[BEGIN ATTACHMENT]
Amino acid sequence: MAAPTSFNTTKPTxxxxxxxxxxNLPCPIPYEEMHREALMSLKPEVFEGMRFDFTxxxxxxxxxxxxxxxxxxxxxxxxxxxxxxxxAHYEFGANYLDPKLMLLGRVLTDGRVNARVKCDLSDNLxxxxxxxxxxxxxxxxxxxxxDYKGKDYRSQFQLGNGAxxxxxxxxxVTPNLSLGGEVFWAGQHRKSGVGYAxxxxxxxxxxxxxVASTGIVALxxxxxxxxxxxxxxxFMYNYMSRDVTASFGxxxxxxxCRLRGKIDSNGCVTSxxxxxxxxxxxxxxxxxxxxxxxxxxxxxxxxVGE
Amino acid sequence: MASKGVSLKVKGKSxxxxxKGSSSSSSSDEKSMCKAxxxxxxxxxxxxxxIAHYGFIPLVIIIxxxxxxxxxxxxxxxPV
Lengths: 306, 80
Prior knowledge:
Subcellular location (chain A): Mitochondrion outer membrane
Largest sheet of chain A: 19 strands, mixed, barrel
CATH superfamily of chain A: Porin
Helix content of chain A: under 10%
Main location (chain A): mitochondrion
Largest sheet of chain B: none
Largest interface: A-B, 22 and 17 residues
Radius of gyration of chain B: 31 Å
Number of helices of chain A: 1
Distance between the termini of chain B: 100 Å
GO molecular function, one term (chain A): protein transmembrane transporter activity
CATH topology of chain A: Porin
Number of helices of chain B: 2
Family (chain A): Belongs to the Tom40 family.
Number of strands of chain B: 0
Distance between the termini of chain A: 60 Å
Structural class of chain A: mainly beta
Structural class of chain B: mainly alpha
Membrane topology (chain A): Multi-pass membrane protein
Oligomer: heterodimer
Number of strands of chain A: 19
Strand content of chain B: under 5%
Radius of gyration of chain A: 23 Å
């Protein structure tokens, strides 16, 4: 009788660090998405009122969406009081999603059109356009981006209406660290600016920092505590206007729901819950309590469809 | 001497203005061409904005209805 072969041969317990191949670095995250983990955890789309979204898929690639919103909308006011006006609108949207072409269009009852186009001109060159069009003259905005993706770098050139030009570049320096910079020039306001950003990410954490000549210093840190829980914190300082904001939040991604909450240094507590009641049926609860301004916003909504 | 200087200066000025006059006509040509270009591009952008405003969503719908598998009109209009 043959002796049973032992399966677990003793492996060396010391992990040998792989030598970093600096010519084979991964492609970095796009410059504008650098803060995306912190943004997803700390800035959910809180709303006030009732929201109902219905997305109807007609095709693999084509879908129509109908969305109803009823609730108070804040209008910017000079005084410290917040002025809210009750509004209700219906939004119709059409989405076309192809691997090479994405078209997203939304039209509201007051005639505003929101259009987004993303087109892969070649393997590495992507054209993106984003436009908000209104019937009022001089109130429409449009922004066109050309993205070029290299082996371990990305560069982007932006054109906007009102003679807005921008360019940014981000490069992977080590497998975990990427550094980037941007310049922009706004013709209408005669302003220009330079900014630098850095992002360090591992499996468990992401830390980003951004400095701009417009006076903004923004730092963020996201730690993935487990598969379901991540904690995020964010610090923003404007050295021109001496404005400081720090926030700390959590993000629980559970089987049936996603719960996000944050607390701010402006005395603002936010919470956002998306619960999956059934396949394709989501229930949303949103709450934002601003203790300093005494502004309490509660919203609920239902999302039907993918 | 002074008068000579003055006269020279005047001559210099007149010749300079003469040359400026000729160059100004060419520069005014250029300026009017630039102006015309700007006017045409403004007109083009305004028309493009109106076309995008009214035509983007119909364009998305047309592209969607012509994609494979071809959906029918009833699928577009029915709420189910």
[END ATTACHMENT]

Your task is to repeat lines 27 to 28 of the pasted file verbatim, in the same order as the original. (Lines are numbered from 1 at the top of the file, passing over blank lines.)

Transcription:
Radius of gyration of chain A: 23 Å
């Protein structure tokens, strides 16, 4: 009788660090998405009122969406009081999603059109356009981006209406660290600016920092505590206007729901819950309590469809 | 001497203005061409904005209805 072969041969317990191949670095995250983990955890789309979204898929690639919103909308006011006006609108949207072409269009009852186009001109060159069009003259905005993706770098050139030009570049320096910079020039306001950003990410954490000549210093840190829980914190300082904001939040991604909450240094507590009641049926609860301004916003909504 | 200087200066000025006059006509040509270009591009952008405003969503719908598998009109209009 043959002796049973032992399966677990003793492996060396010391992990040998792989030598970093600096010519084979991964492609970095796009410059504008650098803060995306912190943004997803700390800035959910809180709303006030009732929201109902219905997305109807007609095709693999084509879908129509109908969305109803009823609730108070804040209008910017000079005084410290917040002025809210009750509004209700219906939004119709059409989405076309192809691997090479994405078209997203939304039209509201007051005639505003929101259009987004993303087109892969070649393997590495992507054209993106984003436009908000209104019937009022001089109130429409449009922004066109050309993205070029290299082996371990990305560069982007932006054109906007009102003679807005921008360019940014981000490069992977080590497998975990990427550094980037941007310049922009706004013709209408005669302003220009330079900014630098850095992002360090591992499996468990992401830390980003951004400095701009417009006076903004923004730092963020996201730690993935487990598969379901991540904690995020964010610090923003404007050295021109001496404005400081720090926030700390959590993000629980559970089987049936996603719960996000944050607390701010402006005395603002936010919470956002998306619960999956059934396949394709989501229930949303949103709450934002601003203790300093005494502004309490509660919203609920239902999302039907993918 | 002074008068000579003055006269020279005047001559210099007149010749300079003469040359400026000729160059100004060419520069005014250029300026009017630039102006015309700007006017045409403004007109083009305004028309493009109106076309995008009214035509983007119909364009998305047309592209969607012509994609494979071809959906029918009833699928577009029915709420189910």